You've made it past your child's infancy and toddler days, and are enjoying all the new discoveries she makes every day as a preschooler. Now you've started to wonder: are there things we can do together so she's ready to start reading? Here are five simple ways to start.
Sing. As you sing to your child, especially simple songs that he or she can learn to sing with you, you are working on skills that will eventually help with reading. Singing slows down the sounds we make when we read or talk, so kids can hear the small parts of words. Think of "Mary Had a Little Lamb." As you sing those words, you separate the syllables of MA-RY and LIT-TLE. Singing often involves rhymes. Understanding rhyme helps kids differentiate beginning and ending sounds in words. Don't worry if you can't carry a tune: just sing.
Talk. There are many ways to talk with your child. While telling kids what to do is important, sometimes we need to slow down and talk just for fun. You can ask open-ended questions (questions that require more than one word to answer), listen carefully to your child's answers, explain things, or share silly ideas. Encourage your child to tell YOU a story! Talking is one way children hear new words and build their vocabulary. Children who hear wonderful, complex words and learn to use them will master reading more easily. So go ahead, spend some time talking.
Read. You knew this one was coming, right? The more children are read to before they are able to read to themselves, the better their vocabulary, comprehension, and knowledge of the world. Knowing that stories are entertaining and worthwhile means kids will be more willing to work at learning to read. Words are everywhere: help your child see words on signs and buildings, boxes and bags. Reading a book? Did you know picture books are a great source of "unusual words," or words we don't often use in conversation? Nonfiction, or true information, books help kids see and learn about things they might not otherwise experience. Spend time reading together every day!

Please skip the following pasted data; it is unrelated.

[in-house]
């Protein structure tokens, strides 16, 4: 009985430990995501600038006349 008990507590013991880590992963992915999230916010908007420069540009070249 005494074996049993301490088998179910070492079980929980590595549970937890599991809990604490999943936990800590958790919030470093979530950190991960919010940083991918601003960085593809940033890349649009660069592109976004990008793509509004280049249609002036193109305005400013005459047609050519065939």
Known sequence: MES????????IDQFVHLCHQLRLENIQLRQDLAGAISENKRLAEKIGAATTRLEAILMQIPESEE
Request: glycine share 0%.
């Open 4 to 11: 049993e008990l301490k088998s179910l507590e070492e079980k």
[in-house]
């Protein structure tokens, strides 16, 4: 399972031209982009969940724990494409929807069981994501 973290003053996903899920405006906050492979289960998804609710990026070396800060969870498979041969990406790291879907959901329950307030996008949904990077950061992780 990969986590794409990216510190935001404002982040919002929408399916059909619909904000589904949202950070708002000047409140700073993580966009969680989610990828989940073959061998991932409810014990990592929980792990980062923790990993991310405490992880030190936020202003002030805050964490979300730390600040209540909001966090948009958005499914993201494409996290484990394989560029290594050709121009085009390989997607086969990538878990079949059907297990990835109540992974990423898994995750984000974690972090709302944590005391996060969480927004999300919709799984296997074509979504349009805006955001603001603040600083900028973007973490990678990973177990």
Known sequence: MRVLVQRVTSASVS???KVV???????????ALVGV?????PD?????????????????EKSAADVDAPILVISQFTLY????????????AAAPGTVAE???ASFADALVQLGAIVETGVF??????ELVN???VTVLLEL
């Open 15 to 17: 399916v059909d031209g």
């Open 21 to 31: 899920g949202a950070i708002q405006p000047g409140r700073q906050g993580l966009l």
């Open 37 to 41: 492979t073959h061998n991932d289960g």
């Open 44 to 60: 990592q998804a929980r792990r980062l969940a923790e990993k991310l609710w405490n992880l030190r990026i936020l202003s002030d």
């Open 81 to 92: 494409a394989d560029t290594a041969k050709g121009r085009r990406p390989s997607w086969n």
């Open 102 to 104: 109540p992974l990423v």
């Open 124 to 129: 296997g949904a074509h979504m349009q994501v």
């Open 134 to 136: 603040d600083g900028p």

Write. This skill surprises some parents, but learning to write goes hand in hand with learning to read. Understanding that letters have particular shapes, developing the fine motor control to hold a pencil or crayon, and imagining things they might write are all precursors to the abstract skill of giving meaning to words printed on a page. Help your child hold a large crayon and start to scribble. Let them tell you the story of what they drew and write it down for them. Together you can write notes, recipes, or labels that help your child understand that those letters mean words, ideas, and stories.
Play. Play can combine several of the other skills to help kids act out and understand the world. As they build a tower or play with trucks, you can ask open-ended questions like, "What could you add to your tower?" or "Where do you think the trucks are going?" Listen to the answers and ask follow-up questions. You're helping your child express himself, formulate thoughts in sequence, and find the right words to say what he means. Sometimes your kids will play while you're doing other things, but make time often to play together.
Want to know more? Here's a booklet created by Multnomah County Library in Oregon to help parents understand the importance of these five early learning practices and use them often. Happy learning!